The labor movement is the coming together of unions, community, faith-based organizations, LGBTQ organizations, communities of color, youth, seniors, environmental organizations and immigrants.
MY sisters and I grew up during the 1950s and 1960s in a single-parent household on Long Island, New York. Mom worked as a secretary for the local Chamber of Commerce and later as an aide to a rising state political star. As a state employee, her wages and benefits — and the prosperity of our family — rose thanks to union-negotiated contracts.
Braces, eyeglasses, asthma medication, broken bones set, vacations, summer programs and a modest house were all provided to my family because workers like my mother had the freedom to negotiate a fair return on the value of their labor.
My children have grown up in a union family, know their rights at the workplace, have walked picket lines and understand that most of their generation has a raw deal. They joined the labor market during and after this century’s “Great Recession,” in an age of obscene income inequality. The general expectation is that my kids’ generation will be the first to have a lower standard of living than their parents.
My children understand the role unions have played in building the middle class, but most young people have been deprived of that information and analysis. Most are unaware of the concerted attack on unions by those who promote so-called “Right-To-Work” laws.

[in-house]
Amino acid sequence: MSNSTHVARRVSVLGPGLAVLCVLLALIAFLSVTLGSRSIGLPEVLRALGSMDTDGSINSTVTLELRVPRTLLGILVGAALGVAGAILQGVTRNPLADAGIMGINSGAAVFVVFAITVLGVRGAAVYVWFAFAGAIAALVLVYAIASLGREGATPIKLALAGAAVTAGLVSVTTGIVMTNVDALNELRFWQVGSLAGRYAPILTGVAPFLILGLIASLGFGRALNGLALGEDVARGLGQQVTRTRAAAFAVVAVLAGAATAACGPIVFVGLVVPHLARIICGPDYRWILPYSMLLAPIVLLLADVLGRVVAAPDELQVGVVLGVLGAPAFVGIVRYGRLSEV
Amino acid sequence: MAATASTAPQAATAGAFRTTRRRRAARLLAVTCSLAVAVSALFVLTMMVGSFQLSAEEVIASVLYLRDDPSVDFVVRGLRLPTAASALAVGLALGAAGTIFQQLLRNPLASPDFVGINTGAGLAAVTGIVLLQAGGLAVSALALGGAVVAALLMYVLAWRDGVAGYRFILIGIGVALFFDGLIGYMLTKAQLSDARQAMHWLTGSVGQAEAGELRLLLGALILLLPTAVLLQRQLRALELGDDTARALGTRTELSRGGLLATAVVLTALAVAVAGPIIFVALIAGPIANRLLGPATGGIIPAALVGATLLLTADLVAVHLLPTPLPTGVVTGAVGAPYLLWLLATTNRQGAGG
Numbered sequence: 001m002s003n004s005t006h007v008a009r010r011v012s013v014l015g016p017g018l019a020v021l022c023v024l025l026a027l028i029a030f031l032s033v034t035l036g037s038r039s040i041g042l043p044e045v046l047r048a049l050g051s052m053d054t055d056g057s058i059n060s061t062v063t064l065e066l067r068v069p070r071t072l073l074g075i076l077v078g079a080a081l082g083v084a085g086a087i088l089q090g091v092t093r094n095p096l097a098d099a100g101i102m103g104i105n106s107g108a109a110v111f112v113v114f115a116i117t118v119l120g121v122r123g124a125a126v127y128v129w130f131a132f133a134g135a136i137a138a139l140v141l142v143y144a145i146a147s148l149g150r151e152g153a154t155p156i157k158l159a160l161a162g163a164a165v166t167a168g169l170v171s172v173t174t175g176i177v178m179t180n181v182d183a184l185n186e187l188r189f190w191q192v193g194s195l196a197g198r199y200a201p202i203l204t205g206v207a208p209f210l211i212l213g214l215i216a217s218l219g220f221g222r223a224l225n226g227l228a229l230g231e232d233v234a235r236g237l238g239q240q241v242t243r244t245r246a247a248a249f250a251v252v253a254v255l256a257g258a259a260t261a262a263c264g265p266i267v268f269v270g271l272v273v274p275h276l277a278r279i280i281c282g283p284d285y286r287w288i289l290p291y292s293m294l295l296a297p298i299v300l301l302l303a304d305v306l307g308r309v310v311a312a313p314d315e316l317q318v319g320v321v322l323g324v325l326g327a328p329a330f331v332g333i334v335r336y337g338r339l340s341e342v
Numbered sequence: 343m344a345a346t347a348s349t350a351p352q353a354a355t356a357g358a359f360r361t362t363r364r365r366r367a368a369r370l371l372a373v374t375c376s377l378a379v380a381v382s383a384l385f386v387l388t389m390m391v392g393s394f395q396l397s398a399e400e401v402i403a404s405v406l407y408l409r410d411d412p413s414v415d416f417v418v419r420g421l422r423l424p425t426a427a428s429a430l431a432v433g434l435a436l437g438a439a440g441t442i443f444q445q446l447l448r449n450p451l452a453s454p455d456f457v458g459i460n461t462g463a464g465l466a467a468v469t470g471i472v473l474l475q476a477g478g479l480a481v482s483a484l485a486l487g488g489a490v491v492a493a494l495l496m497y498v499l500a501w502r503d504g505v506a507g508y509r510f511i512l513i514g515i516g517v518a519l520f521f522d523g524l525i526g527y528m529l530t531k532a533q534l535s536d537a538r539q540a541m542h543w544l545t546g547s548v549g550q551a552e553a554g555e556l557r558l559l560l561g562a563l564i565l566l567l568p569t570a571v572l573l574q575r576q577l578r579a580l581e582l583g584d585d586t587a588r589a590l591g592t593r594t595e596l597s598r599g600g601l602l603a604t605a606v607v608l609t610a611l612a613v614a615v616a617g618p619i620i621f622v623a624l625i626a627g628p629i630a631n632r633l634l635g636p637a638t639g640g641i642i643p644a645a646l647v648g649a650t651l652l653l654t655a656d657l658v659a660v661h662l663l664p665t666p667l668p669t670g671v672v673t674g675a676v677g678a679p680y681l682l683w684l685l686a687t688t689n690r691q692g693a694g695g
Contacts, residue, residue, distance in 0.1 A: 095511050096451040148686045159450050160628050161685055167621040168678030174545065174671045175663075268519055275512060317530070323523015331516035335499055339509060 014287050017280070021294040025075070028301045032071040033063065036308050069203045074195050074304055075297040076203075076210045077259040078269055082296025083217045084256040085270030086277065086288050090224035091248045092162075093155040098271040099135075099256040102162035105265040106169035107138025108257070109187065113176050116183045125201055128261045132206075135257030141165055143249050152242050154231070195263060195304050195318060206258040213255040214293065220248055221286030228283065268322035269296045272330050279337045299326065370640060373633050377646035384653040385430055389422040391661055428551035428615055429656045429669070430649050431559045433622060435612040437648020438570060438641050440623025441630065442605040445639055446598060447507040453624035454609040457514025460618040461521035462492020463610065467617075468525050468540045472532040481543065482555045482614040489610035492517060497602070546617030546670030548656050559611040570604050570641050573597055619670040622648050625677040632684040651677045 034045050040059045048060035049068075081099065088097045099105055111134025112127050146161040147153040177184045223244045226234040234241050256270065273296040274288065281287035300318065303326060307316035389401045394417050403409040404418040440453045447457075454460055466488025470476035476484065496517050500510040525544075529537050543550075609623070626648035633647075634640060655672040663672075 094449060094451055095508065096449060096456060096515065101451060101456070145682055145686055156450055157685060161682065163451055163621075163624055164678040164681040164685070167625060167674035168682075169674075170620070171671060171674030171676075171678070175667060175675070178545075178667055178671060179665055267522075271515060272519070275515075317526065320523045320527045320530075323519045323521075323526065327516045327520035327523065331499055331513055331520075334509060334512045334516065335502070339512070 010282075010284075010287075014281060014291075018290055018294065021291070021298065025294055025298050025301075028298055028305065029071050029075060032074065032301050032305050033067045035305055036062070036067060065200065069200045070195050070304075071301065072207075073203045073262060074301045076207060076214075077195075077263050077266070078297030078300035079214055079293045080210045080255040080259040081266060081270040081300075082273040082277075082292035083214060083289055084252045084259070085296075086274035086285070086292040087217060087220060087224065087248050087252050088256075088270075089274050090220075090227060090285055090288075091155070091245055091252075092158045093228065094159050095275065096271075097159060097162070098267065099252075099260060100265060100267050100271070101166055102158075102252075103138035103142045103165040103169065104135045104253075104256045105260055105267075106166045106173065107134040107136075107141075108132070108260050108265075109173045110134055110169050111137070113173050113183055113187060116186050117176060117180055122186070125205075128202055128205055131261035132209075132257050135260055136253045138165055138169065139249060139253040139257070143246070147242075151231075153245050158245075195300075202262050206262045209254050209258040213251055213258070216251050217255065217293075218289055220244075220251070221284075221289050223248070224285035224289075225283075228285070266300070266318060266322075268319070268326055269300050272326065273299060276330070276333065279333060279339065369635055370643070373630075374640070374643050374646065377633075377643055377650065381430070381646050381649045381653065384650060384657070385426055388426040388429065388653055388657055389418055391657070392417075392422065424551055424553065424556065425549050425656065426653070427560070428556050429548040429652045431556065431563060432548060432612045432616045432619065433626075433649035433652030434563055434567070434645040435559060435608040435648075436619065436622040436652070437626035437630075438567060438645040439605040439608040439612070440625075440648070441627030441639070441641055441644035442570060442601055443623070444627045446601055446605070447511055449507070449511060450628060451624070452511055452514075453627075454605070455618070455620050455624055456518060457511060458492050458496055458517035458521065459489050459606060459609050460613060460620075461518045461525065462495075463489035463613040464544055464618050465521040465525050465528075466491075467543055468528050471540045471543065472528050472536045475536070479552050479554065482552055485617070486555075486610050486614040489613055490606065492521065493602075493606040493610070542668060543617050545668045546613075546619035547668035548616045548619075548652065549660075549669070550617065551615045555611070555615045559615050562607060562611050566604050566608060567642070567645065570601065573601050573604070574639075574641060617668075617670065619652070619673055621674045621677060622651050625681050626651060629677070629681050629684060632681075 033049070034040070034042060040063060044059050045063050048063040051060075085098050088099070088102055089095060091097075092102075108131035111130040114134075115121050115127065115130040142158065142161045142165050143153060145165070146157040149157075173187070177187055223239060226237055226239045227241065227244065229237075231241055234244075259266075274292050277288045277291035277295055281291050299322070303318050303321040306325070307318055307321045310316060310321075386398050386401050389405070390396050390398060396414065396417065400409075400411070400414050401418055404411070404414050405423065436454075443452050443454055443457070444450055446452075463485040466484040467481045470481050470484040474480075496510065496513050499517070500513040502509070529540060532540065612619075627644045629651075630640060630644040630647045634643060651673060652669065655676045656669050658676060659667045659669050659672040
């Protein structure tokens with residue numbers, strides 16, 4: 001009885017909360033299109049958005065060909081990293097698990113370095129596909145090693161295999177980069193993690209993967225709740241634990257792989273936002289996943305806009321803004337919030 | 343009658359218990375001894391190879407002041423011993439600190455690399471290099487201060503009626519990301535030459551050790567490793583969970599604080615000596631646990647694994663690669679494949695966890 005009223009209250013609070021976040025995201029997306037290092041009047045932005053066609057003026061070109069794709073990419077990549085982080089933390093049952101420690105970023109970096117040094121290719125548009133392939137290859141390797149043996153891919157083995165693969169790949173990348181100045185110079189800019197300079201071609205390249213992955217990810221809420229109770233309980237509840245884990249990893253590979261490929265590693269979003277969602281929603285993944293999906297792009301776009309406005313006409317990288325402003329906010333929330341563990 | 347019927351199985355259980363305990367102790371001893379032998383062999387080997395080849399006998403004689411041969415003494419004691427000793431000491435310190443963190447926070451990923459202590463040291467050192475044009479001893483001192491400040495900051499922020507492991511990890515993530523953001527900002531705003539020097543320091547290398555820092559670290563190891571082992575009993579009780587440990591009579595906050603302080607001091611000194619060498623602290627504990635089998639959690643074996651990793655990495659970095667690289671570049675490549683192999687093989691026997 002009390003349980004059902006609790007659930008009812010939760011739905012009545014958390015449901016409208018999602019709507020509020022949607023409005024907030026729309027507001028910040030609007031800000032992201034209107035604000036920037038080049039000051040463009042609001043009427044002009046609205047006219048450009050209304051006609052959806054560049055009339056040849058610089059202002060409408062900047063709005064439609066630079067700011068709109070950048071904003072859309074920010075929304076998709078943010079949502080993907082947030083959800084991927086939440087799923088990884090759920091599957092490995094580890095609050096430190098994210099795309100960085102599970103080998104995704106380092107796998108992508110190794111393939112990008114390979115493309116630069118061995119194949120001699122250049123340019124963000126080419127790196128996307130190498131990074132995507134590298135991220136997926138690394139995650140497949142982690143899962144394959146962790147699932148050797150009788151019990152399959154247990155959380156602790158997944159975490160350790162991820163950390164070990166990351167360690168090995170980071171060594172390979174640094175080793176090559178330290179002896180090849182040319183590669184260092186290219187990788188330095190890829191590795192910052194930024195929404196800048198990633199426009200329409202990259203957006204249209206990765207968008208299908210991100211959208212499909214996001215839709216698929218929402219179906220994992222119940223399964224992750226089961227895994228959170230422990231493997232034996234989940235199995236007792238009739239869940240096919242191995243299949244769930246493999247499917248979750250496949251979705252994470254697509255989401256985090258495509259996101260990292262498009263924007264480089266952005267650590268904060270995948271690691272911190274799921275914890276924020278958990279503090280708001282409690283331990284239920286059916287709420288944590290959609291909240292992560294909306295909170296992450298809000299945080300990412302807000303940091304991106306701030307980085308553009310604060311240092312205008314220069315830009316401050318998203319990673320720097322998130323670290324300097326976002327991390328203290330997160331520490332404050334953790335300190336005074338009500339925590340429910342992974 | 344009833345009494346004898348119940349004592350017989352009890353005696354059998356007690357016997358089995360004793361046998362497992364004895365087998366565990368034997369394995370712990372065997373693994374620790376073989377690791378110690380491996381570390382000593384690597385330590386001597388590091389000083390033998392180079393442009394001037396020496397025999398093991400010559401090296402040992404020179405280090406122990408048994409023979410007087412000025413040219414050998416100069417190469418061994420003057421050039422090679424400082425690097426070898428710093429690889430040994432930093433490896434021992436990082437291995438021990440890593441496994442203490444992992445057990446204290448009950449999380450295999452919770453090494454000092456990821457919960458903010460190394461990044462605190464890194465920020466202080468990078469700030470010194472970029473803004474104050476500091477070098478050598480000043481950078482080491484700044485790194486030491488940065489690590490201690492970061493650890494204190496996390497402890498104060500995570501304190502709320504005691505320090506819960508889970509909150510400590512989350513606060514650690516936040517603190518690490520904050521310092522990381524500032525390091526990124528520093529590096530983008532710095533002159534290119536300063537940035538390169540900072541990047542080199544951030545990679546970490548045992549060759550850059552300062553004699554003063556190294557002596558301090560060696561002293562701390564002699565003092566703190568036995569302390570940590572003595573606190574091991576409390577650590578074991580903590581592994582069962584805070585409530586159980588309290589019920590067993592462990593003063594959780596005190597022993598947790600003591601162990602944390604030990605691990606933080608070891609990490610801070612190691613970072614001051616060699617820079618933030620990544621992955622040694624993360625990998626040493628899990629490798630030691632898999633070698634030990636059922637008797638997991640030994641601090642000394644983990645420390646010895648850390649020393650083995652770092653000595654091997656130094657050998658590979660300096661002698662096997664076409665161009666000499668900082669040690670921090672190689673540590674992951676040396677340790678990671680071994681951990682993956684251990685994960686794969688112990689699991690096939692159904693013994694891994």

The term “Right-To-Work” has its historical origins in the Jim Crow era and was designed to keep the races from mingling and to keep black people from moving up the economic ladder. The term itself is the perfect ruse because it does not confer the right for people to work. We all have a Constitutional and human right to work.
This ploy allows workers to be represented by unions but have the “right” not to pay for that representation. Its proponents are betting that workers squeezed in this economy won’t pay, and that unions will wither and die as a result.
The goal is straightforward. Weaken the voice of unions at the negotiating table and you lower wages and benefits, or at least keep them in check. Weaken the voice of unions in the political sphere and you undercut the push for higher minimum and prevailing wages, paid sick leave, “Medicare for All” universal health care, fair tax reform and creating a just transition away from a fossil fuel economy toward a clean, alternative energy economy.
The latter may come as a surprise until we connect the dots. The Koch brothers and other billionaire families that derive much of their wealth from fossil fuels are also the ones funding the “Right-To-Work” movement across the country. The Freedom Foundation in our state is one of the many organizations that has taken up this cause.
What I find most encouraging this Labor Day is that millennials with support across generations and progressive organizations are raising their voices to call for an end to inequality. They are making the connections between the Fight for $15, Black Lives Matter and climate-justice movements. They recognize that the economic transition so far has been anything but fair and just.
The labor movement is the coming together of unions, community, faith-based organizations, LGBTQ organizations, communities of color, youth, seniors, environmental organizations and immigrants. Together, we can create a fair and just transition away from inequality and toward a healthy economy and environment.